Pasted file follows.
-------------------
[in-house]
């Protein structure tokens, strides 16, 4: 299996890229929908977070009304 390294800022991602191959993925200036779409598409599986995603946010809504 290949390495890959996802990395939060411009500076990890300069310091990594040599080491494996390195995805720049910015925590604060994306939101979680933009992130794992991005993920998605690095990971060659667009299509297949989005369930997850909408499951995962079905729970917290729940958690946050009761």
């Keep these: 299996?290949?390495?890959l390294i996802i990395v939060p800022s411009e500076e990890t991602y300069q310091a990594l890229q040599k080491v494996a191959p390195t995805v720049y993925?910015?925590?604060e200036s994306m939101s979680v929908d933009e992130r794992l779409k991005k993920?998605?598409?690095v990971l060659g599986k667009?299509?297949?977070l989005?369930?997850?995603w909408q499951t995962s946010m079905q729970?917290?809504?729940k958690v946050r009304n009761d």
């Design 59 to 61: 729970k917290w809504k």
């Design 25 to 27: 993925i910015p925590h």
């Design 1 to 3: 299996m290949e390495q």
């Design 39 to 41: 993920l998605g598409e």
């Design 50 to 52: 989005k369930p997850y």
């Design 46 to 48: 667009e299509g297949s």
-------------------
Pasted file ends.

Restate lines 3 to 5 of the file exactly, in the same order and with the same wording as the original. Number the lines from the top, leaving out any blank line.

């Keep these: 299996?290949?390495?890959l390294i996802i990395v939060p800022s411009e500076e990890t991602y300069q310091a990594l890229q040599k080491v494996a191959p390195t995805v720049y993925?910015?925590?604060e200036s994306m939101s979680v929908d933009e992130r794992l779409k991005k993920?998605?598409?690095v990971l060659g599986k667009?299509?297949?977070l989005?369930?997850?995603w909408q499951t995962s946010m079905q729970?917290?809504?729940k958690v946050r009304n009761d």
């Design 59 to 61: 729970k917290w809504k």
């Design 25 to 27: 993925i910015p925590h």